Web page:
For this city to solve many of its major problems, this trend cannot continue. If everyone can’t own a house, you have to come up with other ways to create stakeholders in Baltimore communities.
One innovative idea to create stakeholders is going on right now in Cincinnati.
Cornerstone Corporation for Shared Equity’s renter equity program
Back in 2000, the Cornerstone Corporation for Shared Equity (CCSE) nonprofit community development organization created an innovative spin on the renter/property manager dynamic.
Renters in CCSE owned and developed properties enter into a renter equity contract where they earn “equity credit” when they fulfill specific obligations listed in their rental agreement. These commitments can range from work assignments on the property, paying your rent on time or participating in resident meetings.
CCSE residents can earn up to $4,137 in equity credit after their first five years and become 100% vested in the Cornerstone Renter Equity fund. Renters would max out at $10,000 at the end of 10 years.
When residents hit this important five year mark, they can cash in their credits for whatever their heart desires. There are also loan provisions where they can borrow against credits earned – reminds me of what would happened if you borrowed from your 401(k).
Now it was at this point I wondered why anyone managing property would adopt a system where you give money away to residents. Well, there are two reasons.
First, the renter equity system is supported by management and development fees in conjunction with foundation support.
Second, the partnership has translated into average occupancy rates of 96% minimizing turnover costs for CCSE. And property-management costs seem to be on par with similar Low-Income Housing Tax Credit properties in Cincinnati
From all accounts, it seems to be working.
Last year a study by the Ohio Housing Finance Agency took an in-depth look at CCSE and found that there system created a Win/Win solution for the residents and their broader community. Through the system, rents are kept affordable while CCSE has long-term tenant occupancy.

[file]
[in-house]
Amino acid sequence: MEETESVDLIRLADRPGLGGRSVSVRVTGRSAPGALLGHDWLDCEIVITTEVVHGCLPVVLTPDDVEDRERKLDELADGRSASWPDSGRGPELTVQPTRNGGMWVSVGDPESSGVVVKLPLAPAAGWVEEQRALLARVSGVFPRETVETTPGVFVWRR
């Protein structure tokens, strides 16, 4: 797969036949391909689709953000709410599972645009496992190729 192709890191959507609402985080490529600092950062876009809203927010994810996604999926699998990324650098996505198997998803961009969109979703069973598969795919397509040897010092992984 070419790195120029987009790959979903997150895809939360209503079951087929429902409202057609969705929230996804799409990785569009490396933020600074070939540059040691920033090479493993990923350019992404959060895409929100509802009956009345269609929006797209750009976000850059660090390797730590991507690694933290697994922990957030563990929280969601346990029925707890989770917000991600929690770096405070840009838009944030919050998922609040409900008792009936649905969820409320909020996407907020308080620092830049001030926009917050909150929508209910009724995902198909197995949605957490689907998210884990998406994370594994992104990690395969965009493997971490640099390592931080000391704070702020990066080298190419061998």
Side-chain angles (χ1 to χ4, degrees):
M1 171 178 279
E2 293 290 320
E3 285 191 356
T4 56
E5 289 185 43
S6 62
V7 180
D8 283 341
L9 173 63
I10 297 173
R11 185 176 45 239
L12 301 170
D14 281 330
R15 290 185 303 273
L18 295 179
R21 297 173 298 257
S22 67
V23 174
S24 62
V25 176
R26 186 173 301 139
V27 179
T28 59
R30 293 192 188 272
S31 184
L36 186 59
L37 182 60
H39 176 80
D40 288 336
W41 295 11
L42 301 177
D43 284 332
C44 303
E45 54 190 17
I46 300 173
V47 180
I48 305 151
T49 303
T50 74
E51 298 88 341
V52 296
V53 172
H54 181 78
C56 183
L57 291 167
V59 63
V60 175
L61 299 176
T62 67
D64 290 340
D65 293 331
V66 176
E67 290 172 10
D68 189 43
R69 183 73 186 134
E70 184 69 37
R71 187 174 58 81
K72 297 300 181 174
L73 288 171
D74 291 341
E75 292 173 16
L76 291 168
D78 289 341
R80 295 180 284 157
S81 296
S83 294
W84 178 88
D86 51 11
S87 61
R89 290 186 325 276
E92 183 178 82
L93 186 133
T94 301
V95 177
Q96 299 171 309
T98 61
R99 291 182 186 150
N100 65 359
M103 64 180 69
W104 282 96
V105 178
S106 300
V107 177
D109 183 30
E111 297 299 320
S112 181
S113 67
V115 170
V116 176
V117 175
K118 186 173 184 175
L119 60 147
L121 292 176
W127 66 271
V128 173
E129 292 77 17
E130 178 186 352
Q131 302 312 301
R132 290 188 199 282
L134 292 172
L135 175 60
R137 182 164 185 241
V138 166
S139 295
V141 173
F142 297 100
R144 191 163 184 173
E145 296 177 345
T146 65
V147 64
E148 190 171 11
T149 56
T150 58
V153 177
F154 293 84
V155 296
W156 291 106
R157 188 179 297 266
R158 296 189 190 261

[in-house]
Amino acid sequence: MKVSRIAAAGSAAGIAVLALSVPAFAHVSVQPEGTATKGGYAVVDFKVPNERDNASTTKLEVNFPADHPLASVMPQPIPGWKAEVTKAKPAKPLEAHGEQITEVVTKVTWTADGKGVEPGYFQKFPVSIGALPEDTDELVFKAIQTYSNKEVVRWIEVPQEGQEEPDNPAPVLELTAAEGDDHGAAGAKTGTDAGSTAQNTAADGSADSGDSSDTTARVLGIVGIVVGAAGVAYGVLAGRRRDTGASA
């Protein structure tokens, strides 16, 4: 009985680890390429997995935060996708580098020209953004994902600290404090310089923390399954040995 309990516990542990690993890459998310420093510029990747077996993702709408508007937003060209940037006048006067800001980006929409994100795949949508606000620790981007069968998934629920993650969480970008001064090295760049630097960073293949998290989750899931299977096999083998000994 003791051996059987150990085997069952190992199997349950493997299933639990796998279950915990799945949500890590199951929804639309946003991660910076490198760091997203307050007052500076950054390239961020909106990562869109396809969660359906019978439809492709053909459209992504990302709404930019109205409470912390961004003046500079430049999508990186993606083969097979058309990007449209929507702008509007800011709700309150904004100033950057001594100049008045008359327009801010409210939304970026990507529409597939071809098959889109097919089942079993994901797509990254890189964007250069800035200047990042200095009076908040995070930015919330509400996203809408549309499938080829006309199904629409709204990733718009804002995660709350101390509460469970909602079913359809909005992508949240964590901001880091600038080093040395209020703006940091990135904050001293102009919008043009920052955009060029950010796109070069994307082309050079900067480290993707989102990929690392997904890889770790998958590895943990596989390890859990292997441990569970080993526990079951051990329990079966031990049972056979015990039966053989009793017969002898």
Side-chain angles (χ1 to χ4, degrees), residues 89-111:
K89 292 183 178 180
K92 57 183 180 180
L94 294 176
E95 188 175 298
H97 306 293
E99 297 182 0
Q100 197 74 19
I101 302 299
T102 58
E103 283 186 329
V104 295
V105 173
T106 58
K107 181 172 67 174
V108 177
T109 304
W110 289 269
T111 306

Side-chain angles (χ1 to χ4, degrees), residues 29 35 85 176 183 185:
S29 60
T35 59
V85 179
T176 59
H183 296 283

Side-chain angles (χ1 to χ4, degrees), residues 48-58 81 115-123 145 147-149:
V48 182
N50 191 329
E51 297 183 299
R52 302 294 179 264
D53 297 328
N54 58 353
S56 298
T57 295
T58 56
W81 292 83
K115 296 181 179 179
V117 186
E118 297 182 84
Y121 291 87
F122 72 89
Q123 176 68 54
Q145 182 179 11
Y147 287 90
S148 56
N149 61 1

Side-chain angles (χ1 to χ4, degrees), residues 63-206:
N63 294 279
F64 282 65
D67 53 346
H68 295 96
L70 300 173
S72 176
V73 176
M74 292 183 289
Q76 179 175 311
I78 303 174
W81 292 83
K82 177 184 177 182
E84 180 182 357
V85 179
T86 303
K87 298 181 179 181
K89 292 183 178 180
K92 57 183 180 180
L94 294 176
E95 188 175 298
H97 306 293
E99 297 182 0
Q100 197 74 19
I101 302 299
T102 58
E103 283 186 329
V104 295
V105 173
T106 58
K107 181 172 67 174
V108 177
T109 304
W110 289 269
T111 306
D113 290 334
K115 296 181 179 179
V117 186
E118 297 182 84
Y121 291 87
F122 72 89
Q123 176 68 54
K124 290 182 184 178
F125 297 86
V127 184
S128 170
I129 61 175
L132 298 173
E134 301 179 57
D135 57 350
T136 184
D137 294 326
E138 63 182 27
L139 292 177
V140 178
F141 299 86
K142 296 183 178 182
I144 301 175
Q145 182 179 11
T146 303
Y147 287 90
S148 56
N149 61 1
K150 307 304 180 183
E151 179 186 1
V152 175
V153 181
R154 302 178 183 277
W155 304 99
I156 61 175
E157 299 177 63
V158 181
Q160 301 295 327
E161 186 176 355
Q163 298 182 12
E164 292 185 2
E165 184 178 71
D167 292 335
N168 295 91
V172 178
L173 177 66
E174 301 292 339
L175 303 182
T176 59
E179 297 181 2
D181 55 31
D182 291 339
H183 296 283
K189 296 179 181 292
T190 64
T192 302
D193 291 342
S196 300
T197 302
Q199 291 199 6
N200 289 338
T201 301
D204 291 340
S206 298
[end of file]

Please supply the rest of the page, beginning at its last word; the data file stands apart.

The report documents Cornerstone’s success from 2002 and 2012 in “building residents’ wealth, sense of well being and the maintenance of the property”. In short, the experiment gives a proven option to explore between the renter and property manager relationship which could be applicable to changing or maintaining some troubled Baltimore neighborhoods.
Renter equity systems would not be for everyone or every neighborhood. However, it could possibly bring back an appreciation for the architecture and craftsmanship that originally went into the making of the house you live in. It could build up even more courage to fight against the crime and violence that may be prevalent on your block. It could also shed a little light on a future that may have seemed cloudy.
For years we’ve tried developing more buildings in certain areas to make a better Baltimore. It’s time we developed some more stakeholders in other areas and see where that gets us.
Jason spent eight years at T. Rowe Price serving in various roles from investment counseling to retirement planning. In 2005, he became Senior Security Analyst at Wells Fargo Corporate Trust in their Residential Mortgage-backed Securities division. He has contributed to several financial newsletters and the Motley Fool website while completing his thesis and Master’s Degree in Government from the Johns Hopkins University Advanced Academic Program. He resides in Baltimore.